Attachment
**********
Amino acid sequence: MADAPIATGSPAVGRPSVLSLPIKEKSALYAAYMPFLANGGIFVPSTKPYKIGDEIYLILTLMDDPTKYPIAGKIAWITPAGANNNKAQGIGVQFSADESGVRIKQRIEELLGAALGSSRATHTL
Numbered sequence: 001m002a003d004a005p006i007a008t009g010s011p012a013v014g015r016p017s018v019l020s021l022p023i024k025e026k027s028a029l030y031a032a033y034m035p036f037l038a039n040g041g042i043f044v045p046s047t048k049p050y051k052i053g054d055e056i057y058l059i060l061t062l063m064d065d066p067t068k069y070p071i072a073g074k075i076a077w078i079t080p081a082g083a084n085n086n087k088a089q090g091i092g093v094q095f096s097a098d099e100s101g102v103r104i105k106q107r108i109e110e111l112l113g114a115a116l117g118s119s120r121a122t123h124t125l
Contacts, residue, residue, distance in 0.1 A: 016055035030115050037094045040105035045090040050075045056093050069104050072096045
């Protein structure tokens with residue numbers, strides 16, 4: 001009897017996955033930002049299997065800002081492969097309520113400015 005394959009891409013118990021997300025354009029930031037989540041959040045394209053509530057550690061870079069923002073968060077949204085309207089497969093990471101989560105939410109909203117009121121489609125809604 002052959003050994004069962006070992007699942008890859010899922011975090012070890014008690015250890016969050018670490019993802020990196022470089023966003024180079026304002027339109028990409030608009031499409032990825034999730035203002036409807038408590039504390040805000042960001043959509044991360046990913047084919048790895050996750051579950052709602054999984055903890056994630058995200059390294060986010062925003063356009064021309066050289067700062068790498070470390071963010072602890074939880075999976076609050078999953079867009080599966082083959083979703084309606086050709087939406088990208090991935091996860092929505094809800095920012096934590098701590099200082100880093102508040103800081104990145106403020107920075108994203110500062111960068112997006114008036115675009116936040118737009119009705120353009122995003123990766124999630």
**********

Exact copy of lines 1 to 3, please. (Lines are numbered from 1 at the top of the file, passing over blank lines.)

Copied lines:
Amino acid sequence: MADAPIATGSPAVGRPSVLSLPIKEKSALYAAYMPFLANGGIFVPSTKPYKIGDEIYLILTLMDDPTKYPIAGKIAWITPAGANNNKAQGIGVQFSADESGVRIKQRIEELLGAALGSSRATHTL
Numbered sequence: 001m002a003d004a005p006i007a008t009g010s011p012a013v014g015r016p017s018v019l020s021l022p023i024k025e026k027s028a029l030y031a032a033y034m035p036f037l038a039n040g041g042i043f044v045p046s047t048k049p050y051k052i053g054d055e056i057y058l059i060l061t062l063m064d065d066p067t068k069y070p071i072a073g074k075i076a077w078i079t080p081a082g083a084n085n086n087k088a089q090g091i092g093v094q095f096s097a098d099e100s101g102v103r104i105k106q107r108i109e110e111l112l113g114a115a116l117g118s119s120r121a122t123h124t125l
Contacts, residue, residue, distance in 0.1 A: 016055035030115050037094045040105035045090040050075045056093050069104050072096045